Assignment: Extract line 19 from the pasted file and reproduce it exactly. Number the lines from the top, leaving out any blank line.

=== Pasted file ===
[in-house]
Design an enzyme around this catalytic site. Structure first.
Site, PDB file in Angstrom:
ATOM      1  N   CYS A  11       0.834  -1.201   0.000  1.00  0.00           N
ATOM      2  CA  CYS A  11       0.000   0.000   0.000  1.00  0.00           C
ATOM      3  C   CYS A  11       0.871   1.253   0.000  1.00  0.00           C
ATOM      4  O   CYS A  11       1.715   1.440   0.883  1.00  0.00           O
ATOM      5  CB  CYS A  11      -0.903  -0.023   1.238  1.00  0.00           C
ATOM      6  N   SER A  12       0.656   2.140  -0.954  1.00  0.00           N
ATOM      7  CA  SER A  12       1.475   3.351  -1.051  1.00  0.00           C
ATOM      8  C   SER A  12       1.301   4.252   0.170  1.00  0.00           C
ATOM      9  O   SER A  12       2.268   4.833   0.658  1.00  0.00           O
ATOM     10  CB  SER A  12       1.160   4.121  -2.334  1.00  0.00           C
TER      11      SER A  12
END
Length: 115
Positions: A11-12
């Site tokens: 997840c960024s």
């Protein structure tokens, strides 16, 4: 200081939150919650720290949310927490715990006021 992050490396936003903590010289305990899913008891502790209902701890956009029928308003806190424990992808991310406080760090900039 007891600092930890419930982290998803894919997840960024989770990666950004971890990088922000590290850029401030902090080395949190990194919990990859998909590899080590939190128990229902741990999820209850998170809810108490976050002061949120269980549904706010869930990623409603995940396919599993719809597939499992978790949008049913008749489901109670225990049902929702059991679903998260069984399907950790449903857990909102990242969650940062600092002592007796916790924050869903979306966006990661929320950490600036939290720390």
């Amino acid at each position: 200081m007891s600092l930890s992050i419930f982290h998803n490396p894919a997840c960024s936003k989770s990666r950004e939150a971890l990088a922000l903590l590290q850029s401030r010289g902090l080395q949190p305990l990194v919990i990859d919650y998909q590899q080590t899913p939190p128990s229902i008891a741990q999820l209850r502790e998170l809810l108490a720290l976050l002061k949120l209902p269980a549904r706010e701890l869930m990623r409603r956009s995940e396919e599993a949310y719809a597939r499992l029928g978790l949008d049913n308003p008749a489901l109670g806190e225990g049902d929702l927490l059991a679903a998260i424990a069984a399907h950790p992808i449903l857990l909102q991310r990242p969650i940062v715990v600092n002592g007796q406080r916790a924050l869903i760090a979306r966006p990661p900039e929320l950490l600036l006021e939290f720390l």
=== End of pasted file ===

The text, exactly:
């Protein structure tokens, strides 16, 4: 200081939150919650720290949310927490715990006021 992050490396936003903590010289305990899913008891502790209902701890956009029928308003806190424990992808991310406080760090900039 007891600092930890419930982290998803894919997840960024989770990666950004971890990088922000590290850029401030902090080395949190990194919990990859998909590899080590939190128990229902741990999820209850998170809810108490976050002061949120269980549904706010869930990623409603995940396919599993719809597939499992978790949008049913008749489901109670225990049902929702059991679903998260069984399907950790449903857990909102990242969650940062600092002592007796916790924050869903979306966006990661929320950490600036939290720390």